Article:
Saturday I felt fine, so I figured I'd start my long run by doing a 1.5 mile out and back, and if I was still feeling pain free, start the 14 mile loop with the DC Road Runners group.  3 miles, no pain, so we headed out.  At 4 I started to feel some discomfort.  At 5 it was pain.  I decided to turn around, but I still have two miles to go.  By 6 it was radiating further down my leg, and when I reached my car I had excruciating pain in my inner adductor.  This was not good.

Sunday in church I was hobbling.  Not just limping.  Hobbling.  People made comment after comment.  I was sure I'd broken something.

Monday I made an appointment with my GP.  She diagnosed it as IT Band Syndrome and told me to stop running.   Seriously?  First of all, I had IT Band Syndrome when I was 27, and it did not stop me from running.  It was a pain, but I could run through it.  Whatever I had now, there was no running through it.  And the pain was in completely different places.  Shooting pain in my hip, glute, and adductor.  Not my outer knee.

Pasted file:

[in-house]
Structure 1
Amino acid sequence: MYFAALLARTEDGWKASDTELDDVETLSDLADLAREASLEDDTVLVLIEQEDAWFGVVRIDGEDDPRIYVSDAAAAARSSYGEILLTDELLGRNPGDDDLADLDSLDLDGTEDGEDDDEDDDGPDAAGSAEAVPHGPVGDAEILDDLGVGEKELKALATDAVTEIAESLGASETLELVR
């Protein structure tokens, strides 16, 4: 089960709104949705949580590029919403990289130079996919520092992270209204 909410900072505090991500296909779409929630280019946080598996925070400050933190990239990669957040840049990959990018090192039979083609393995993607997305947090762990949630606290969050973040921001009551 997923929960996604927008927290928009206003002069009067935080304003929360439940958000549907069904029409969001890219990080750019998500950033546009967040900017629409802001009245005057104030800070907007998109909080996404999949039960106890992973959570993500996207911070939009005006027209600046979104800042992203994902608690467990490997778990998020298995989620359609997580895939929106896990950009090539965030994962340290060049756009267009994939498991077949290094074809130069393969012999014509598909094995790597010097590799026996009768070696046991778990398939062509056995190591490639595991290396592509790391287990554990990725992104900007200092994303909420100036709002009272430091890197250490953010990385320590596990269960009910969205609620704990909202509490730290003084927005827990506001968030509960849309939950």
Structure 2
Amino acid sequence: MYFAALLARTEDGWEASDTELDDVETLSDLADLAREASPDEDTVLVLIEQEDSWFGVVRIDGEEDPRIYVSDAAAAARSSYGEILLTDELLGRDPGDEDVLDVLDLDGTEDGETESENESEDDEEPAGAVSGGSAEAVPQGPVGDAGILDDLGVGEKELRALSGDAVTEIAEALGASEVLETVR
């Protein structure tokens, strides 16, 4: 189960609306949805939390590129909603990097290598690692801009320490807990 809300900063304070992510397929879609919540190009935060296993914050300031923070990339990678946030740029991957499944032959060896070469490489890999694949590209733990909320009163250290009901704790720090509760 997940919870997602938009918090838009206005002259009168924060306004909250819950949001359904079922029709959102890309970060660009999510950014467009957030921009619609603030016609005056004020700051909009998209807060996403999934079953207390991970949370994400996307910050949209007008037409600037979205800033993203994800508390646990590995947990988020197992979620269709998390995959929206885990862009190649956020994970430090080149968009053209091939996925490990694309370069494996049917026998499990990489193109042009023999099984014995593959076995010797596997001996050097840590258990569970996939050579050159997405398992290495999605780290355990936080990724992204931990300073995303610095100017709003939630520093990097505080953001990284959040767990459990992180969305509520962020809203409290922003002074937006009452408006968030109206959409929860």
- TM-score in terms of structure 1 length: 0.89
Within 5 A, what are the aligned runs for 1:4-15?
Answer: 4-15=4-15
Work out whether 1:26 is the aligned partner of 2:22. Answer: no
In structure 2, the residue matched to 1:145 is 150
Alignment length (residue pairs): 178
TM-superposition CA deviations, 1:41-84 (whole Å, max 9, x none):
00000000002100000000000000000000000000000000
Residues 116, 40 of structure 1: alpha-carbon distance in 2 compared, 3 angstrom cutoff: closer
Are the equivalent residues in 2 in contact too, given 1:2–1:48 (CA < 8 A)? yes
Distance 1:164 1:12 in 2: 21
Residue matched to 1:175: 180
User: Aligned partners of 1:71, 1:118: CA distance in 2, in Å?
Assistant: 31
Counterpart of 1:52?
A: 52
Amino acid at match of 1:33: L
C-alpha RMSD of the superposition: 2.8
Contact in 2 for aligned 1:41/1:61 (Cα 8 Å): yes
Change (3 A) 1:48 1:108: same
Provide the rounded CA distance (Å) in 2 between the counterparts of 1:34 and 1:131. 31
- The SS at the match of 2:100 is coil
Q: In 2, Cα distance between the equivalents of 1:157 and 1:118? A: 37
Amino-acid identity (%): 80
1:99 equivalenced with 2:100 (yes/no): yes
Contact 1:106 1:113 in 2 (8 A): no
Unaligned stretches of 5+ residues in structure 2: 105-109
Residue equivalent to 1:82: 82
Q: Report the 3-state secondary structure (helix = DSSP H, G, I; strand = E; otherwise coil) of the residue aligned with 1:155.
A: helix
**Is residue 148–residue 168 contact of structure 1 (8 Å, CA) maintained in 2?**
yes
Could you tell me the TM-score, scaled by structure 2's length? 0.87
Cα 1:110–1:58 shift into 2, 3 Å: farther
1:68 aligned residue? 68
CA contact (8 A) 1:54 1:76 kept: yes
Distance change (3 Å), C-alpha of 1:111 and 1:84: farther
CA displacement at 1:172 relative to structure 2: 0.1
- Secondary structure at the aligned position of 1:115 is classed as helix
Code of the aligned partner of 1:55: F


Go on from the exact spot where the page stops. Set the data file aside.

Tuesday I sought a second opinion with a Sports Injury Orthopedist.  He took x-rays and said he couldn't see any fractures, and he diagnosed it as Snapping Hip Syndrome and Piriformis Syndrome.  He said I could try to run and just cut my mileage down, and prescribed Physical Therapy.

I tried to get an appointment with the PTs at the office where I met this doctor, but they had nothing available for a month.  Really?  A month?

In the meantime, I made an appointment with a Sport Chiropractor who does Active Release Therapy, which I had heard good things about.  But I couldn't get in to see her until after the marathon, either.